The plaintiff contractor, BSSD Excavating (“BSSD”), entered into a contract via text messages with the defendant owner, Green Blvd. (“Green”), to perform digging, extraction, dirt removal, road cleaning, backfill, and drain installation on two lots in a residential construction project in Coquitlam, BC. The parties agreed on a price of $33,600 per lot for the work to be done. BSSD argued that there were extra costs associated with its services, but these were not documented in the text messages.

On December 28, 2022, BSSD requested payment of $45,000 for work performed to date. The next day, Green paid $21,000. On January 27, 2023, BSSD sent two invoices for $23,000 each, which approximately added up to the agreed amount, less the $21,000 that Green had paid. The parties later agreed that $46,000 would be payable once the work was completed. BSSD made no mention of the extra costs.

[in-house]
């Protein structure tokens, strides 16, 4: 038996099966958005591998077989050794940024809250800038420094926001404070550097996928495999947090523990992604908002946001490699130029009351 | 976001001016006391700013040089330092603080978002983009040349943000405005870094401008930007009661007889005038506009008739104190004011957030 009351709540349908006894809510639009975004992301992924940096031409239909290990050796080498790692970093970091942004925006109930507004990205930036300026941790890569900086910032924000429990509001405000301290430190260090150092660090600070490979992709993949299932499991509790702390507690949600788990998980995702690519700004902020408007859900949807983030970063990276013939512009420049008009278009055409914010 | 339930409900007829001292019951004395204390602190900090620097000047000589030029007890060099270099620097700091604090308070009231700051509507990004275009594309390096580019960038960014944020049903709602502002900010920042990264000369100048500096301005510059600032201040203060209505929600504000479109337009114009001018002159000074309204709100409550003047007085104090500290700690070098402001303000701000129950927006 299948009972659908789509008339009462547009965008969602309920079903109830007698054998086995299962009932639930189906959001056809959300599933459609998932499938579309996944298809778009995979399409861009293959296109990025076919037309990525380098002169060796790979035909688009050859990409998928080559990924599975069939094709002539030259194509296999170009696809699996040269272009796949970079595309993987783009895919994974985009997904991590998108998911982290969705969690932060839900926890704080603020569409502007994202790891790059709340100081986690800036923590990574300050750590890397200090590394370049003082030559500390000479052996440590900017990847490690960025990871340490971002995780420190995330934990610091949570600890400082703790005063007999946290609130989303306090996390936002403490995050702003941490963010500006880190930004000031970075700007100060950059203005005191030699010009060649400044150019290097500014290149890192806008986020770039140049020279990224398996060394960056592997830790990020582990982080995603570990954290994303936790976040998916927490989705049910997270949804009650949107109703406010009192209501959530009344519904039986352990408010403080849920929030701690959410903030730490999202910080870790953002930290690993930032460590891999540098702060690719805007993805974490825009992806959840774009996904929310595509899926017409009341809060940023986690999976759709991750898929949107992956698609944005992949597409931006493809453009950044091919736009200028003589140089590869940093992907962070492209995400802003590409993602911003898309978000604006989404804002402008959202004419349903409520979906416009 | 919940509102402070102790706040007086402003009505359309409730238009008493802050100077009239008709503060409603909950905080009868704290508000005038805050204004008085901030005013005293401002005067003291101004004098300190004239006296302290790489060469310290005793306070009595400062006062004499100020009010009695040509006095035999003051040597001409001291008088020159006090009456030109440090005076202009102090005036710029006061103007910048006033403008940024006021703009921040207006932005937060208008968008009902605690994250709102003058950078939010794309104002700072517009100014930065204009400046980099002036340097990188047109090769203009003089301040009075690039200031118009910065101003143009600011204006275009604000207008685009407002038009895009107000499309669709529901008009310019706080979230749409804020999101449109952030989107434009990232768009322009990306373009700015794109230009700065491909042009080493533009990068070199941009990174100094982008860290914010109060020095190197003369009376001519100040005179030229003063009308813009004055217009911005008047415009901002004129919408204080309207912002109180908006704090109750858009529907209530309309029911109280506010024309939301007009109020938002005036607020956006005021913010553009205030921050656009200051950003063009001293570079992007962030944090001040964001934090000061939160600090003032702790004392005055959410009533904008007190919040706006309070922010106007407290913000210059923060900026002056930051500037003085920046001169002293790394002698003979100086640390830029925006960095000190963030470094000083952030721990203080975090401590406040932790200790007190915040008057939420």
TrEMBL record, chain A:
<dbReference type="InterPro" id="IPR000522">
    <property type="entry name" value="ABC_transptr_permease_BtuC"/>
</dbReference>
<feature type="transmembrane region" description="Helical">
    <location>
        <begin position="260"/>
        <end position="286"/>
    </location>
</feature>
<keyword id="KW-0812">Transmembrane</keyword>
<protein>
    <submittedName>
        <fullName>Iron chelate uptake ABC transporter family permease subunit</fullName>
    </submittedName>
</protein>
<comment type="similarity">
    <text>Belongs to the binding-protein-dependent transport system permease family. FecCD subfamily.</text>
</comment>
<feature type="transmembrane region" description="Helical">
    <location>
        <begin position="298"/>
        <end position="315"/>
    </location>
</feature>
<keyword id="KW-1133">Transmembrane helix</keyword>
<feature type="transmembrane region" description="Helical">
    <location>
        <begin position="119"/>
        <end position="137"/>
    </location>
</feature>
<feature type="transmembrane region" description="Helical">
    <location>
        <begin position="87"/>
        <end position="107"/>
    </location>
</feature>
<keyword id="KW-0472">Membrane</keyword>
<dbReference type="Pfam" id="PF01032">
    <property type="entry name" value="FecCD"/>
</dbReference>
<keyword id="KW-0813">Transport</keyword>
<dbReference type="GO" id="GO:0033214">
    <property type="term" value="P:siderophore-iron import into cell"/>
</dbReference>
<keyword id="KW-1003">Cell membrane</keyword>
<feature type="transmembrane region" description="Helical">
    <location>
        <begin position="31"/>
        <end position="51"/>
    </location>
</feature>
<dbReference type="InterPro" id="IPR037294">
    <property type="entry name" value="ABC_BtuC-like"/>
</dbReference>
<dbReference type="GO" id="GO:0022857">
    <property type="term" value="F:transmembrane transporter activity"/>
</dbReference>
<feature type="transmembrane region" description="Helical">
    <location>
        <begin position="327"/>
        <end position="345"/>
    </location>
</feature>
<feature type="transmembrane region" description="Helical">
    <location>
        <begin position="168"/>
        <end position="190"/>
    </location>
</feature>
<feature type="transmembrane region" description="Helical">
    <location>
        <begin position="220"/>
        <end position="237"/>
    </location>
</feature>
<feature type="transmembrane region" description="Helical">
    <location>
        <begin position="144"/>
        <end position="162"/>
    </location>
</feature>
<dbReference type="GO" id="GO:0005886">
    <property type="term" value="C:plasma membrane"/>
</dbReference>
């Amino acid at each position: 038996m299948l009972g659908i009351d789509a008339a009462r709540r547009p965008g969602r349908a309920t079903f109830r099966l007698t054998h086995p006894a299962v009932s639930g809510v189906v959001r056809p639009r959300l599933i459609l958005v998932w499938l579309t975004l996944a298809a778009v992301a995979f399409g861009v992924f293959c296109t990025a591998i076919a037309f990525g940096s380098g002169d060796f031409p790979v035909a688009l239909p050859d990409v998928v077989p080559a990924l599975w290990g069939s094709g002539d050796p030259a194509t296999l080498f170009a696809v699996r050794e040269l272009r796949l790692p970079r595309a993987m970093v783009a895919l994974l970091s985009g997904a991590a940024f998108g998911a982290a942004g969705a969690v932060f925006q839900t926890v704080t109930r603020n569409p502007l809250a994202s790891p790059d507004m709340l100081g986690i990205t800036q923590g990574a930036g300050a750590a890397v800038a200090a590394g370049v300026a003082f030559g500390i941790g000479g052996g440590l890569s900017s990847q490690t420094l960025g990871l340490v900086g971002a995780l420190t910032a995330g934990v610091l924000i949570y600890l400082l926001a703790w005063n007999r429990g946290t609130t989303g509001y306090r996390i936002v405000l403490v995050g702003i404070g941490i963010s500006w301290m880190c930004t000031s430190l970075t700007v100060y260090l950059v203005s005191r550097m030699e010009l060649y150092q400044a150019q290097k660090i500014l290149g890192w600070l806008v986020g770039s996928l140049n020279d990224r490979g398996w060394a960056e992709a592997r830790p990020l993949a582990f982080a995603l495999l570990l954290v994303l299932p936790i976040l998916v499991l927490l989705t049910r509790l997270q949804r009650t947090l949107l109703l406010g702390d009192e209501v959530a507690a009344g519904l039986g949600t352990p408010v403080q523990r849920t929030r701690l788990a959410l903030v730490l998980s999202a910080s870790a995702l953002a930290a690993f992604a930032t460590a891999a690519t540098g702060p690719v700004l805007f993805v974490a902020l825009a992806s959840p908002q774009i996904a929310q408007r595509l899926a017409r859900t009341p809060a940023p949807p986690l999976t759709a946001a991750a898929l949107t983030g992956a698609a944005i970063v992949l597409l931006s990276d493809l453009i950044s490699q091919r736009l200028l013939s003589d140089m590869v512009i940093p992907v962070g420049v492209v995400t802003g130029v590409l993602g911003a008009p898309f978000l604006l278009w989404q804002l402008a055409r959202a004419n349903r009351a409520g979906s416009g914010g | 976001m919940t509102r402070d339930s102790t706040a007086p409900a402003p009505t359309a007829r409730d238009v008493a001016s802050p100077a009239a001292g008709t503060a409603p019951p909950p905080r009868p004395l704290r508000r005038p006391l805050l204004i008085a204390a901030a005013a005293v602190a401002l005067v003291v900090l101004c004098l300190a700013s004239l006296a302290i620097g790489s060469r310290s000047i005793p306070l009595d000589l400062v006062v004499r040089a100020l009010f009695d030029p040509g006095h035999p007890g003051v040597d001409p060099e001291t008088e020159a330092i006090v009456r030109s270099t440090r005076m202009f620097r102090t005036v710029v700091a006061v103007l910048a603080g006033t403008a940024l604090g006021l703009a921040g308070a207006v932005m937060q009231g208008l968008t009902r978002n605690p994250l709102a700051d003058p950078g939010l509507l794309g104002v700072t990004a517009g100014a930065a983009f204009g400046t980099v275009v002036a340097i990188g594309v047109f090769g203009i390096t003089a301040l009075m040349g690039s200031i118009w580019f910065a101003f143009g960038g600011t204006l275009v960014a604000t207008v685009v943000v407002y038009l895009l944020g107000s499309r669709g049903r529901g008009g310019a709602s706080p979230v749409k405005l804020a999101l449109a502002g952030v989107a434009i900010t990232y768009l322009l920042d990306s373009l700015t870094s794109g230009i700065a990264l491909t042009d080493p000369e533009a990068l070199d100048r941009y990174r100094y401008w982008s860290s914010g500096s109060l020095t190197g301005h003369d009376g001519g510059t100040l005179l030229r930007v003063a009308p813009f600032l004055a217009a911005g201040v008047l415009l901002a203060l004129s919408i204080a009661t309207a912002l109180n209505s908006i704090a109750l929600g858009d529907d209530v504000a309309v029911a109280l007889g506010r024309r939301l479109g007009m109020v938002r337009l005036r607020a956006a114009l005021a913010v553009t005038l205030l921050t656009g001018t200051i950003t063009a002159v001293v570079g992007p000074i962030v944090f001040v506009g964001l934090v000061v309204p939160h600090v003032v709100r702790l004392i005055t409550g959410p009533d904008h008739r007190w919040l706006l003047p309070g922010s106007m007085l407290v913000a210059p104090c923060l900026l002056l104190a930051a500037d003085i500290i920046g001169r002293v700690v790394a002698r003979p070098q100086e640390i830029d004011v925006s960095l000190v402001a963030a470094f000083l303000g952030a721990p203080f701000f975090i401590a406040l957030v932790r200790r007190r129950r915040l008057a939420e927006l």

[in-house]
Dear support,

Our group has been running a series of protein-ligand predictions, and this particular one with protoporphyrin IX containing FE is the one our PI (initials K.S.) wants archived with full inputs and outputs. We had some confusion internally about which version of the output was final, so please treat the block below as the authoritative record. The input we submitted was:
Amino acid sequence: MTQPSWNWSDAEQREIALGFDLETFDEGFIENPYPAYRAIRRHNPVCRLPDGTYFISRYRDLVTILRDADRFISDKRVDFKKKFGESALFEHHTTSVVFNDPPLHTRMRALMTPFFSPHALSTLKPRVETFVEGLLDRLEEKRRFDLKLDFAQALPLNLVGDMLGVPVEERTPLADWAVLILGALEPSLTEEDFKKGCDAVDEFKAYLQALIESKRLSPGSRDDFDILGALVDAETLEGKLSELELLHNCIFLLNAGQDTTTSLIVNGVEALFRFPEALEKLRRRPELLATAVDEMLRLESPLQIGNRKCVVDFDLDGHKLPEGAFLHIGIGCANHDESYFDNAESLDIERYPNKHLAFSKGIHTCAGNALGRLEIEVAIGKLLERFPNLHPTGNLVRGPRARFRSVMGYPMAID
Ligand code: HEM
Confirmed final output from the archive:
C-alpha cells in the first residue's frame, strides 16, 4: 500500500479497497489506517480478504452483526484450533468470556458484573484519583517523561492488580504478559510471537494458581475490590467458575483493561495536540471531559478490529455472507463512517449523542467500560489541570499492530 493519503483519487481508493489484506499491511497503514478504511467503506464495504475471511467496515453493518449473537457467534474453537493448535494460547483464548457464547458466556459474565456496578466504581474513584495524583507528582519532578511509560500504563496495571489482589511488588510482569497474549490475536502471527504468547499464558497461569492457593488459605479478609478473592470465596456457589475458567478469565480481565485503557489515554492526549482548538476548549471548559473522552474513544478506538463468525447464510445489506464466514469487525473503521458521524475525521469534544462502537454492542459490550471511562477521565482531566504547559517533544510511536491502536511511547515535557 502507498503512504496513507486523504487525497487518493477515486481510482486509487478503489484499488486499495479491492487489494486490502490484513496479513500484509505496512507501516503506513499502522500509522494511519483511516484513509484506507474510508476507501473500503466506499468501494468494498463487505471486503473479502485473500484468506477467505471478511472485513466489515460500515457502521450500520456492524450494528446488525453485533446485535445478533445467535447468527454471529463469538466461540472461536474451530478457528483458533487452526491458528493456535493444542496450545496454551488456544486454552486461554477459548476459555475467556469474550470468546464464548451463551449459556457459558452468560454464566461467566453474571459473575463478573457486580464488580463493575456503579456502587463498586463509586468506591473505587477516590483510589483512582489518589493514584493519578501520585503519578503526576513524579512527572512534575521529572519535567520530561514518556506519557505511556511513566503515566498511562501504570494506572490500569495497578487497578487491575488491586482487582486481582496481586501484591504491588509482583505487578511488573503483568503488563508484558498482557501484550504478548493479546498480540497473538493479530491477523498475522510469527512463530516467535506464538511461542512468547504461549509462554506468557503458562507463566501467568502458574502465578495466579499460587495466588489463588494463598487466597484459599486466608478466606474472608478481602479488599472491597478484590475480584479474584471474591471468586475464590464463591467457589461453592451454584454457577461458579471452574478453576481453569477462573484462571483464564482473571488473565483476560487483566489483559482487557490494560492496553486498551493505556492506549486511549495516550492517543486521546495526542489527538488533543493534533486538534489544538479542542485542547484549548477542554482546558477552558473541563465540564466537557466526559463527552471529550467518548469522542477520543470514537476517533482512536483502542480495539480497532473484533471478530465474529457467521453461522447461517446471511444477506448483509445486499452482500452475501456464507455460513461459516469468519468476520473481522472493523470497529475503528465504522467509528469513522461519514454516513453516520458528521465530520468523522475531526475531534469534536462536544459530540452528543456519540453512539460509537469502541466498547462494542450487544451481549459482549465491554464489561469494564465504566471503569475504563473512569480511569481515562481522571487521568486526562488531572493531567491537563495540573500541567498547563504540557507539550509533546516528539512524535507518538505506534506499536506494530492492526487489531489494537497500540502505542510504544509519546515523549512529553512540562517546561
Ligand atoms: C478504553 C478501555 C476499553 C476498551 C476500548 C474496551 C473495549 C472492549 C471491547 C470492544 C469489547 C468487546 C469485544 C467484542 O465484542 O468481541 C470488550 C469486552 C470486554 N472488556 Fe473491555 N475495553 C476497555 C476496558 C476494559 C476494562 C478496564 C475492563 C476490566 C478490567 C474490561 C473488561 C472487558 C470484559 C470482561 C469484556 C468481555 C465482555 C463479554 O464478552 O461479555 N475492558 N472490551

Issues arose, and in late February 2023, BSSD was fired from the project. BSSD then issued two additional invoices for $39,417 and $38,934 for the two lots. BSSD registered two builders’ liens for $62,417 and $61,934 on the lots, which were based on the two $23,000 invoices plus the two $39,000 invoices. Green denied that there was any agreement to pay more than $33,600 per lot, which would have left a balance of at most $46,200 outstanding. Green also argued nothing was owed due to deficiencies and incomplete work on BSSD’s part.

Green applied to discharge the liens on the basis that they were registered for an excessive amount. In the alternative, it sought to vacate the liens via posting security of a reduced amount.